50 Smartest Companies of the Year 2021
The Silicon Review
What does it take to build a successful company? A great team? A brilliant idea? Money? Yes. We need all those things to succeed. But more than anything, what we need to succeed is belief. A belief that will help you in addressing significant problems and deliver what the consumer wants. Today before we can go ahead with the interview, let us get to know about Harshad Dharod, the man behind the genesis of Silver Star Real Estate.
Harshad grew up in a small village near Bombay, India and as a boy growing up, he was stranded in poverty. When he was only five years old his father passed away, there is no doubt that this had a tremendous impact on him. He and his three brothers struggled to survive every day but there’s something about his innate character, his DNA, that keeps him pushing for excellence no matter the circumstance. Even at that young age he understood that he had to move on quickly to support his widowed mother and help out with his brothers. This was when he picked up his first job as a milkman. Harshad would wake up 4 hours before school, get on his bike, and deliver milk to the villagers. His route would be around 15 miles long, and he received $5 a month to help his family out.
Harshad was lucky to have a savvy mother who prioritized education, in hopes that it would pay off in the future. In school, Harshad was always top of his class and he also took up weight lifting as an outlet for his ever growing mind. At that time in India, health and wellness were not priorities and many of his peers did not understand what he was doing or why. For Harshad this was his escape, he was always ahead of his time in his thinking and he wanted to live a long time. If he was not working, in school, or working out, Harshad spent the balance of his free time playing cricket with his friends.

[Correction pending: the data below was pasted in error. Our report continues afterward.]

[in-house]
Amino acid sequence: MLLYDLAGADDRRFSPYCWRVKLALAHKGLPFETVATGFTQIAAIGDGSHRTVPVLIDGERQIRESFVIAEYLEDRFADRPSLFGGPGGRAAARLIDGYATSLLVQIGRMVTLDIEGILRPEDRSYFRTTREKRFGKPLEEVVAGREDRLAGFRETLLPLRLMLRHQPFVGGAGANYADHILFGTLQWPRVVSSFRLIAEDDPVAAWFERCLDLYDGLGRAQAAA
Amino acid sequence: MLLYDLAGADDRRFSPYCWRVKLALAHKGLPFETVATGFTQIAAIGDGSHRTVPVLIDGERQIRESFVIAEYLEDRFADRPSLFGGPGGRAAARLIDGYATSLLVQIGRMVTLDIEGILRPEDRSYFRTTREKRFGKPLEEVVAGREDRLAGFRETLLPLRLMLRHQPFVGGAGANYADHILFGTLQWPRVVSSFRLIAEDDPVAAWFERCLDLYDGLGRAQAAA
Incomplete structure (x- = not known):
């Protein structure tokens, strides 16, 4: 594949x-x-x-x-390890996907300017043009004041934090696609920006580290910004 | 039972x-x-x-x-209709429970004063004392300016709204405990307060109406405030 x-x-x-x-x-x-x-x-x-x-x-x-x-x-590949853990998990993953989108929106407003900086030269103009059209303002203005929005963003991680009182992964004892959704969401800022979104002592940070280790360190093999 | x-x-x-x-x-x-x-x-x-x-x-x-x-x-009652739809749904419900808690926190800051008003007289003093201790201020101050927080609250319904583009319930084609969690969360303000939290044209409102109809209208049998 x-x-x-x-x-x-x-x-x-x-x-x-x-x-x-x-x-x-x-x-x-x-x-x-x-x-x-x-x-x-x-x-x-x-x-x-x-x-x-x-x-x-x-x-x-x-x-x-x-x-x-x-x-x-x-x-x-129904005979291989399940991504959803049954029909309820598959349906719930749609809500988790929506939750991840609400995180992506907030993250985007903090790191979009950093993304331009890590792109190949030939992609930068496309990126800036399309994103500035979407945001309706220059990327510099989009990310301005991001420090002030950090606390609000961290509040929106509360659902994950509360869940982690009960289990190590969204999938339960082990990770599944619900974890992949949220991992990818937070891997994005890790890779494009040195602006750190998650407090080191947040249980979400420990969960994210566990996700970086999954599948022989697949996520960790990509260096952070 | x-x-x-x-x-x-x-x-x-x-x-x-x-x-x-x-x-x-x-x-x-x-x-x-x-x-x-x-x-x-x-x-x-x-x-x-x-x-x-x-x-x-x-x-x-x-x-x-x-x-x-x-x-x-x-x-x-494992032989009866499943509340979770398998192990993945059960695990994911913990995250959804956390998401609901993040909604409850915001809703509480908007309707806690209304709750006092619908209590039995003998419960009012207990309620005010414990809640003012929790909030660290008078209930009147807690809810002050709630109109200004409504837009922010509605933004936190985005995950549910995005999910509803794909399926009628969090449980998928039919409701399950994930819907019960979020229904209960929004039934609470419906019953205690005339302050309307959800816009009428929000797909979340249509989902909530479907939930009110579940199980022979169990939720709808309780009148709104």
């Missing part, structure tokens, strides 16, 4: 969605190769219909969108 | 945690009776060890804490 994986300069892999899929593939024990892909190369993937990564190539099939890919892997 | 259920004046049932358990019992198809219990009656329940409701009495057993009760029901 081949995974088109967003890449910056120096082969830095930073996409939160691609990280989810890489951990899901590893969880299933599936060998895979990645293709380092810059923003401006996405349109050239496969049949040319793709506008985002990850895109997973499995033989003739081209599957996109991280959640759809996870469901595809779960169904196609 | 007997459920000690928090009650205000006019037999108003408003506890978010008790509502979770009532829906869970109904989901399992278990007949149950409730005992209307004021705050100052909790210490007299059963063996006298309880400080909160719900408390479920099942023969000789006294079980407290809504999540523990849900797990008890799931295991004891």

When Harshad turned 17 years old, he and his family packed all their things up and moved to the US. Originally, Harshad had planned to become a doctor, however, medical school was extremely expensive so to cover costs, Harshad looked for a job. For weeks, Harshad walked the streets of Los Angeles each day for 8 hours looking for work. After three weeks, Harshad received a call from Jack-in-the-Box in Culver City. He went in for an interview and started the same day. Harshad vowed to not stay longer than six months. However, each time Harshad tried to quit, his boss promoted him as he was a valued employee. Within a five-year span, Harshad went from fry cook to cashier to drive-thru to shift leader to assistant manager to manager.
Seven years after his start at Jack-in-the-Box, Harshad had the opportunity to buy a store at a hefty purchase price. He scraped together his and his family’s savings and put it towards the purchase. He still did not have enough. Harshad started visiting banks to get a loan and this is where Harshad’s relentless nature truly kicked in. Harshad was rejected by at least 50 different banks. Finally, after months of searching, Harshad was approved for a loan and bought the store. After he gained control of the formerly corporate-operated store, he immediately increased sales by around 40%. The franchisor was so impressed with Harshad’s work that he was able to buy another store, and another store, and another store. Five years after his first purchase, Harshad had owned 19 stores, with each store improving sales like the first location.